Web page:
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Autocar

Autocar February 17, 2021

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Autocar is the car nut’s weekly fix, delivering you a unique mix of the latest news, opinion, features, first drives of new cars and in-depth road tests – all complemented by the best photography in the business. No other magazine covers the subject you love with such enthusiasm, insight and quality every week of the year. Autocar stands for the highest quality in car journalism – and is rewarded with access to the best new cars and the biggest news stories before any of the opposition which we share with you, our readers, every week.

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Country:
United Kingdom
Language:
English
Publisher:
Haymarket Media Group Ltd
Frequency:
Weekly
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51 Issues

in this issue

1 min.
artura is just what mclaren has needed

SAME ENGINE, same styling, same-sounding names… However exciting and brilliant each car McLaren makes is in isolation, there has become considerable overlap in the line-up and a lack of distinction between models as the firm has grown. Yes, McLaren Automotive is barely a decade old and growing pains are to be expected. But its ambition has perhaps seen it try to do too much with too little, as the recent GT has revealed. Trying to turn the constituent parts of a supercar into a true Bentleyrivalling luxurious grand tourer proved beyond even the talented designers and engineers at Woking. The all-new Artura (p6) is McLaren’s emphatic response to show that it really can do and be di. erent – and evolve. It brings with it a new engine, new plug-in hybrid technology that…

9 min.
205mph artura phev starts new chapter for mclaren

McLaren has unveiled its first ‘clean sheet’ supercar since the game-changing 12C a decade ago, replacing almost every facet of its V8-engined Sports and Super Series models with an all-new design that provides early clues about how it will deal with the age of electrification. The car, called the Artura and available to order now from £185,500, is a plugin hybrid with a governed 205mph top speed and 3.0sec 0-60mph acceleration. In addition to the explosive performance, it can cruise for up to 19 miles on battery power alone and its combined fuel economy exceeds 50mpg. At the kerb, the Artura weighs just 27kg more than a 720S even though its 671bhp powertrain consists of a newly designed twin-turbo V6 engine, a 92bhp electric motor and a 7.4kWh battery, all mated to…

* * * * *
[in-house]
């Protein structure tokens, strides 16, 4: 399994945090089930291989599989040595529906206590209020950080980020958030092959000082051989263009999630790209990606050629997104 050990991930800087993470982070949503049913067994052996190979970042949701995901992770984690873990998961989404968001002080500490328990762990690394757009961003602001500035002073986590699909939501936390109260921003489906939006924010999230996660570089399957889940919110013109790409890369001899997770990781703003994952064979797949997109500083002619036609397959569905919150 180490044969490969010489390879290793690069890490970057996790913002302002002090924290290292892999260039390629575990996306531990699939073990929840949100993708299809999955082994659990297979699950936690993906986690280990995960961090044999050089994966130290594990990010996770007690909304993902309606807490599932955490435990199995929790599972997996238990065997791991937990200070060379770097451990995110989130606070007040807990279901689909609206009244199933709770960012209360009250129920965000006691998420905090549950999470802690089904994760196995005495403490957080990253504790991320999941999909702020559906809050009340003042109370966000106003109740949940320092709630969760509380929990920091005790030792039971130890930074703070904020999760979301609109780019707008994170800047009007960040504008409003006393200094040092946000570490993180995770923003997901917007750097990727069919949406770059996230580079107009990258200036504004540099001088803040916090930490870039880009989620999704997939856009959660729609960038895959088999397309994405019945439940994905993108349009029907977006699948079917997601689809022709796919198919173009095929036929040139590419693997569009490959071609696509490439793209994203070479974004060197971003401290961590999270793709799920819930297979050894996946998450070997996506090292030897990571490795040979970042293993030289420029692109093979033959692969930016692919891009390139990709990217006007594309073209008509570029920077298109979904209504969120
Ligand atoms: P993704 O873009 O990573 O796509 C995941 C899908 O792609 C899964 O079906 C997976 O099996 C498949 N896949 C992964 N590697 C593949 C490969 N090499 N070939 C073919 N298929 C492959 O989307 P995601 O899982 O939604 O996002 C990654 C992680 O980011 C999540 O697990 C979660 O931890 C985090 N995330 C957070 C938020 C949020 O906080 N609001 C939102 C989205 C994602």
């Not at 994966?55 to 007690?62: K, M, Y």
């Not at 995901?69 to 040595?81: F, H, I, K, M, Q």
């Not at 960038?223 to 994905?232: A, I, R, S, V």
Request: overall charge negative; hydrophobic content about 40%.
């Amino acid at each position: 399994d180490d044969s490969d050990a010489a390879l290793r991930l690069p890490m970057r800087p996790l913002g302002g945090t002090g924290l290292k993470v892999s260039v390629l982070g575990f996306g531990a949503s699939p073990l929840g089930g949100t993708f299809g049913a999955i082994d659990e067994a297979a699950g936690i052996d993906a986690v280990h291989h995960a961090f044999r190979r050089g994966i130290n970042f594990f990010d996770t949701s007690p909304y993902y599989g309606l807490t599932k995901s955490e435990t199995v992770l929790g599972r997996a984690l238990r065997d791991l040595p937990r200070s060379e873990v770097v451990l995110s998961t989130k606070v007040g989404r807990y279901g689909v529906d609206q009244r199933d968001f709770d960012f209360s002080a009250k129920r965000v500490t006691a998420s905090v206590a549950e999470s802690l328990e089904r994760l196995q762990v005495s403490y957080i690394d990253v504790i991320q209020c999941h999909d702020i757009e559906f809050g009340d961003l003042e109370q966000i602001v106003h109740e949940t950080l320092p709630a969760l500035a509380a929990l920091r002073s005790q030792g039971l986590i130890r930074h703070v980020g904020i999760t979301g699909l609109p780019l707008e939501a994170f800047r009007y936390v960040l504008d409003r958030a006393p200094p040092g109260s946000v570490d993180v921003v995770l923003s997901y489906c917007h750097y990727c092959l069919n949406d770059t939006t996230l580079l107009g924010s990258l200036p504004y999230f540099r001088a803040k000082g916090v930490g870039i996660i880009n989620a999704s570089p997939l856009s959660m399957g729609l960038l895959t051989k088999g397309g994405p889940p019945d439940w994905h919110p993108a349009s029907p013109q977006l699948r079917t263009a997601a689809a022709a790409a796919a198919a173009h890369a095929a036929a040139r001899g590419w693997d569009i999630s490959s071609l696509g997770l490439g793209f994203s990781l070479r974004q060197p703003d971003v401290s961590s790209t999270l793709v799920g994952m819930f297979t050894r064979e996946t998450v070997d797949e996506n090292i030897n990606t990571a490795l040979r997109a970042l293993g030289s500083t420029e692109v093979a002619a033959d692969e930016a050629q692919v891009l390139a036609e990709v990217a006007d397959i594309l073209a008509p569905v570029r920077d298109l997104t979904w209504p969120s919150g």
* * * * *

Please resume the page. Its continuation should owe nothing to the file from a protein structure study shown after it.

6 min.
new 911 gt3 finally unleashed

Porsche’s celebrated track-bred GT3 line has moved into a new generation with the long-awaited unveiling of the 992-series 911 GT3. The new model, on sale now priced from £123,100, is described by the firm as “a highly athletic road car fit for high-performance driving on track balanced with the demands of everyday use”. As with previous GT3 models, Porsche Motorsport has been heavily involved in the new car’s development, this time in a bid to transfer “pure racing technology into a production model more consistently than ever before”. The 4.0-litre engine is capable of revving to a dizzying 9000rpm To that end, the new GT3 features the traditionally high-revving naturally aspirated flat six in 4.0-litre form, with more power than ever. It also gets key aerodynamic and technological upgrades, the sum total of which…

7 min.
lotus imagines 2030 le mans car

The radical E-R9 concept is Lotus’s vision of what endurance racing cars could look like in 2030. Styled by Evija hypercar designer Russell Carr, it features an aircraft-inspired cockpit in a sweeping deltawing body and would be “partly driven like a car and partly flown like a fighter jet”. The E-R9 (E-R for ‘endurance racer’ and 9 in tribute to the British brand’s first Le Mans racer) is the work of the Lotus Engineering consultancy arm and showcases features and tech that could appear on future competition cars. It’s a virtual design study for now, but chief aerodynamicist Richard Hill said the concept “incorporates technologies which we fully expect to develop and be practical”. The E-R9’s aerodynamic efficiency is optimised by the use of ‘morphing’ body panels that expand on the concept of active…

5 min.
ev charging firms need support

When the UK government revealed in November that it would bring forward its ban on the sale of new petrol and diesel cars to 2030, a starting gun was fired to signal to the car and electric vehicle charging industries that the race is on. Both must deliver suitable infrastructure to support a mass adoption of EVs in the next decade. One major problem the current public charging network faces is an absence of chargers away from congested areas of the country. According to data supplied by Zap-Map, 40% of the public charging network is located in London and the south-east, compared with just 3.7% in Wales. A Welsh government spokesman acknowledged the disparity, telling Autocar: “There are specific challenges in remote and rural areas, where there’s a particular need for collaborative…

3 min.
champion elect: how pirelli tailored its new tyre to evs

IF YOU’RE A tyre designer these days, you could be stuck between a rock and a hard place. Why? Because of EVs – more specifically, high-performance EVs. Tyres are a melting pot of compromise, trading off between grip, ride quality, wet handling, dry handling and rolling resistance. Over the past decade, the significance of rolling resistance has been steadily increasing in line with the need to find that last percentage point of efficiency to reduce CO2 emissions. Suspension and tyres are closely matched during the development of a car and certain tyres are recommended for used on a particular model for that reason. An example is the Pirelli P Zero Elect, developed in conjunction with car manufacturers as a dedicated EV tyre. One of the trickiest fitments was the Porsche Taycan, simply…